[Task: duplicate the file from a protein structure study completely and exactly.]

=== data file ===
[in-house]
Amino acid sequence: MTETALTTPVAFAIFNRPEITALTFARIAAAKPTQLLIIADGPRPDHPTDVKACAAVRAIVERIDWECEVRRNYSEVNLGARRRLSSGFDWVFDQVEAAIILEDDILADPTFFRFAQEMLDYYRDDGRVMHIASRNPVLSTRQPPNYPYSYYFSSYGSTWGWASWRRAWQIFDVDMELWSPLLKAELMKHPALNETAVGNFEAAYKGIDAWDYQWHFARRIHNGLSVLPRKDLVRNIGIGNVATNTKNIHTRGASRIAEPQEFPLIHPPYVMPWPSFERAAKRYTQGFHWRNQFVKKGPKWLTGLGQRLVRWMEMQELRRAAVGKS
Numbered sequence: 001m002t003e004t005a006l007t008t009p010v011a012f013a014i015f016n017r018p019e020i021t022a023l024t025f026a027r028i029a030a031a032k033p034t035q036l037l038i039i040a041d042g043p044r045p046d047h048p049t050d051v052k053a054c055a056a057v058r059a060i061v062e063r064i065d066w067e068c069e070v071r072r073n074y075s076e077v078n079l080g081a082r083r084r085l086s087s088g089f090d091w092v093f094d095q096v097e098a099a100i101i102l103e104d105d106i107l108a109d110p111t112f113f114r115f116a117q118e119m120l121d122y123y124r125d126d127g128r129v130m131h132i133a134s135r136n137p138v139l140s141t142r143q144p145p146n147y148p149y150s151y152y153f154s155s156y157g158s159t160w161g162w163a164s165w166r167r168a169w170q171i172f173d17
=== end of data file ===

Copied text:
[in-house]
Amino acid sequence: MTETALTTPVAFAIFNRPEITALTFARIAAAKPTQLLIIADGPRPDHPTDVKACAAVRAIVERIDWECEVRRNYSEVNLGARRRLSSGFDWVFDQVEAAIILEDDILADPTFFRFAQEMLDYYRDDGRVMHIASRNPVLSTRQPPNYPYSYYFSSYGSTWGWASWRRAWQIFDVDMELWSPLLKAELMKHPALNETAVGNFEAAYKGIDAWDYQWHFARRIHNGLSVLPRKDLVRNIGIGNVATNTKNIHTRGASRIAEPQEFPLIHPPYVMPWPSFERAAKRYTQGFHWRNQFVKKGPKWLTGLGQRLVRWMEMQELRRAAVGKS
Numbered sequence: 001m002t003e004t005a006l007t008t009p010v011a012f013a014i015f016n017r018p019e020i021t022a023l024t025f026a027r028i029a030a031a032k033p034t035q036l037l038i039i040a041d042g043p044r045p046d047h048p049t050d051v052k053a054c055a056a057v058r059a060i061v062e063r064i065d066w067e068c069e070v071r072r073n074y075s076e077v078n079l080g081a082r083r084r085l086s087s088g089f090d091w092v093f094d095q096v097e098a099a100i101i102l103e104d105d106i107l108a109d110p111t112f113f114r115f116a117q118e119m120l121d122y123y124r125d126d127g128r129v130m131h132i133a134s135r136n137p138v139l140s141t142r143q144p145p146n147y148p149y150s151y152y153f154s155s156y157g158s159t160w161g162w163a164s165w166r167r168a169w170q171i172f173d17